Unit Testing vs. Integration Testing: What's the Difference?
Let's help clarify the differences between unit testing and integration testing and look at what each of them mean and how they come together.
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Back in 2011, a couple of posts from our blog were focusing on the key differences between unit testing and integration testing. We thought now would be a great time to revisit this question, which comes up time and time again. In case you missed the original post, you can check it out — The Difference Between Unit Testing and Integration Testing, and come right back to this post where we'll break it down as simply as possible. Ready? Great, let's get started.
Unit Testing Defined
At its core, unit testing is a type of test to check if an individual small piece of code is doing what it is supposed to do. Sounds simple enough, right?
Unit tests are narrow in scope, they should be easy to write and execute, and their effectiveness depends on what the programmer considers to be useful. These minor, individual tests are intended for the use of the programmer and are not directly useful to anybody else. Done right, they can significantly cut down on fixing bugs in the later development stages.
Part of being a unit test is the implication that things outside of the code under test are mocked or stubbed out. Unit tests shouldn't have dependencies on outside systems, and that's where the lines between unit testing and integration testing get blurred. A unit test focuses on internal consistency as opposed to proving that they play nicely with outside systems.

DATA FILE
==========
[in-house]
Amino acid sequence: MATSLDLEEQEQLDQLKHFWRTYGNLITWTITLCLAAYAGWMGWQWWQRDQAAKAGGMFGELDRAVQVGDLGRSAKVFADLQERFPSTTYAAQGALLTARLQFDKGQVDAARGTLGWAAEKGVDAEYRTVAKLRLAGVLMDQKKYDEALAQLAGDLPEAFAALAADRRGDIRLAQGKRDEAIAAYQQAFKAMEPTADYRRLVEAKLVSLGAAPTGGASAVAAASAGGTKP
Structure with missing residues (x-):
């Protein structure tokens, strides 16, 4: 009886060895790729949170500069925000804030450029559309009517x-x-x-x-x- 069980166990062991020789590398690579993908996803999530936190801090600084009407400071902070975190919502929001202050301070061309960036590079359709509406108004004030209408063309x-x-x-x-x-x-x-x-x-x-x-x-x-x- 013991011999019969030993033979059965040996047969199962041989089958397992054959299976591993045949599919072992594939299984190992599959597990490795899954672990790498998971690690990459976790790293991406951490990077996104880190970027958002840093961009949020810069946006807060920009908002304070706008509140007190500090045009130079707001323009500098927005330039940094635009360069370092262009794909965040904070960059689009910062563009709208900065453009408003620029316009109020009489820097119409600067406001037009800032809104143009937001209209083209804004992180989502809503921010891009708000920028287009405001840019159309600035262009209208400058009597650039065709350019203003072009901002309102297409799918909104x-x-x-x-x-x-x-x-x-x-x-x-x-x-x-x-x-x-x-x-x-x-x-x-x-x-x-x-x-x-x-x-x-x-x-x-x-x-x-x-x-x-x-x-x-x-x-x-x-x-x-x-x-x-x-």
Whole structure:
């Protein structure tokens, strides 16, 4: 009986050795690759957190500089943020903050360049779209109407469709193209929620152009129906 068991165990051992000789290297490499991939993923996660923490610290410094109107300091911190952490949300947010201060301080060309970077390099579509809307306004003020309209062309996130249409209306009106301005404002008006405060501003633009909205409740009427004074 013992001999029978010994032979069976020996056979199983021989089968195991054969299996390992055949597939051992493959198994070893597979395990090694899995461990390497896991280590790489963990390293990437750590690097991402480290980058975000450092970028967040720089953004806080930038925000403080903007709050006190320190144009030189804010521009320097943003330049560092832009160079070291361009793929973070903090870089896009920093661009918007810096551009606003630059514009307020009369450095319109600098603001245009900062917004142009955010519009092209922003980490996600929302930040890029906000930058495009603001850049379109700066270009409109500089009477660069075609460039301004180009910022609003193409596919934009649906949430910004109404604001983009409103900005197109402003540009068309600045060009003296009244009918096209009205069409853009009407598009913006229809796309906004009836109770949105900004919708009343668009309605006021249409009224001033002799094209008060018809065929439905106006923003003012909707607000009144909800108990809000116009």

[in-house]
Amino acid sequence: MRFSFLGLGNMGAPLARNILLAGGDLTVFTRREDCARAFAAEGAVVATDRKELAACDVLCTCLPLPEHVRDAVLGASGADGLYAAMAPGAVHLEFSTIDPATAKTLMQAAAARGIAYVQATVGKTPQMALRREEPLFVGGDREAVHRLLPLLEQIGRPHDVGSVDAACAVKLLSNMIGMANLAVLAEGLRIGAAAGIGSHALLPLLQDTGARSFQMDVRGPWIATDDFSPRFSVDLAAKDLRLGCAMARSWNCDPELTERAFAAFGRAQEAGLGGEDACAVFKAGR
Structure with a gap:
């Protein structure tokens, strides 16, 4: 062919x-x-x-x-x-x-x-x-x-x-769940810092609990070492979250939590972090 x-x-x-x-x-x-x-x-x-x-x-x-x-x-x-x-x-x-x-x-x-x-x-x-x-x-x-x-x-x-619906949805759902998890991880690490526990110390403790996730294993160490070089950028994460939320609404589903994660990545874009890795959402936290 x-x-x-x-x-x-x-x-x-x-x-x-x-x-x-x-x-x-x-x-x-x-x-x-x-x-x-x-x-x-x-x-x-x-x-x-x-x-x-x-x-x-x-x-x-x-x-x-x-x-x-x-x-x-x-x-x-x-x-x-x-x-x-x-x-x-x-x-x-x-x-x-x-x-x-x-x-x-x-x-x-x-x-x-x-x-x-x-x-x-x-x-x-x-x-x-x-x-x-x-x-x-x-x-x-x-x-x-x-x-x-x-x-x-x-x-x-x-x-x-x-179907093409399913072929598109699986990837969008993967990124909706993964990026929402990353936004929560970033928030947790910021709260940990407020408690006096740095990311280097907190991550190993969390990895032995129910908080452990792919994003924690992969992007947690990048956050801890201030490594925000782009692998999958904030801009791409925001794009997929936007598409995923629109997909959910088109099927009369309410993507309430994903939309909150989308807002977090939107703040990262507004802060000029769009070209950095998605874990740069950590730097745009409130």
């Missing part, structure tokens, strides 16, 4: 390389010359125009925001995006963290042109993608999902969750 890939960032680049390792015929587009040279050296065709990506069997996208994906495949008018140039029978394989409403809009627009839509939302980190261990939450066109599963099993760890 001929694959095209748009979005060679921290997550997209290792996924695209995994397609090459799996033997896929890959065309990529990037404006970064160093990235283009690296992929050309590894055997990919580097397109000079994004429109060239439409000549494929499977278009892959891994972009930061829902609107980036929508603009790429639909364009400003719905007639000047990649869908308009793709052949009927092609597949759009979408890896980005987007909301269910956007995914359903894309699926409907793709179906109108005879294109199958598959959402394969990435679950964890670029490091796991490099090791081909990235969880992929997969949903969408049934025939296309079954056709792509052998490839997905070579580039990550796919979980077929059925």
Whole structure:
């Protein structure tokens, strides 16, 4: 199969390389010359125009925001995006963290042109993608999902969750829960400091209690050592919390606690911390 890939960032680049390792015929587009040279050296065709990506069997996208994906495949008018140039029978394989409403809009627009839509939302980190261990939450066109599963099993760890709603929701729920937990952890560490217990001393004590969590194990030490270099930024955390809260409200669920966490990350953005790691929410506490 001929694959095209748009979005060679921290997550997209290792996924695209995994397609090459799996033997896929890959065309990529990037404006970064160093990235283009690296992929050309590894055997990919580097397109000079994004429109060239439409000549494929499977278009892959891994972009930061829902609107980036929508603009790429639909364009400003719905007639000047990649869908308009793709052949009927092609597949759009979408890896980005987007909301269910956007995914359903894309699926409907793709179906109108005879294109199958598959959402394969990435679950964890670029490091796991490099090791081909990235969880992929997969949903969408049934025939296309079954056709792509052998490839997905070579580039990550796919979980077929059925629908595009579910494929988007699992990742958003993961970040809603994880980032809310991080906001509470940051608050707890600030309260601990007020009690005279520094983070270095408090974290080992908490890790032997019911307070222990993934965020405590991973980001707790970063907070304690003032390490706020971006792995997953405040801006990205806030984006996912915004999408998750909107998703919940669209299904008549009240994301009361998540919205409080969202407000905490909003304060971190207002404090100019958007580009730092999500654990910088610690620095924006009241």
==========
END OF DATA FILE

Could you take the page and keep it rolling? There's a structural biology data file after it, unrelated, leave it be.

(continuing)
Actually, "integration test" gets used for a wide variety of things, from full-on system tests against an environment made to resemble production to any test that uses a resource (like a database or queue) that isn't mocked out.
Integration Testing Defined
In comparison to unit test, Integration testing is a type of testing to check if different pieces of the modules work together as a whole.
In other words, integration tests cover the whole application, and they require much more effort to test effectively. They usually require resources like database instances and hardware to be allocated for them.
Integration Testing Methods
There are two fundamental ways of carrying out an integration test. The bottom-up method and the top-down method.
Bottom-up integration typically testing begins with unit testing, followed by tests of progressively higher-level combinations of units called modules or builds.
Alternatively, the top-down integration testing approach begins with the highest-level modules being tested first and progressively lower-level modules are tested afterwards. In a comprehensive software development environment, bottom-up testing is usually done first, followed by top-down testing. The process concludes with multiple tests of the complete application, preferably in scenarios designed to mimic those it will encounter in customers' computers, systems, and networks.
Bringing It All Together
Proper and consistent code testing ensures software that is a lot more effective at delivering the correct solution in a predictable and managed way. One of the biggest fears that programmers encounter is changing a piece of code without truly knowing what is going to break. Having a complete unit testing solution allows programmers to remove the fear of the unknown. Both unit testing and integration testing should never be left as an afterthought, but instead should always be an integral part of the development process.
Published at DZone with permission of Leah Grantz, DZone MVB. See the original article here.
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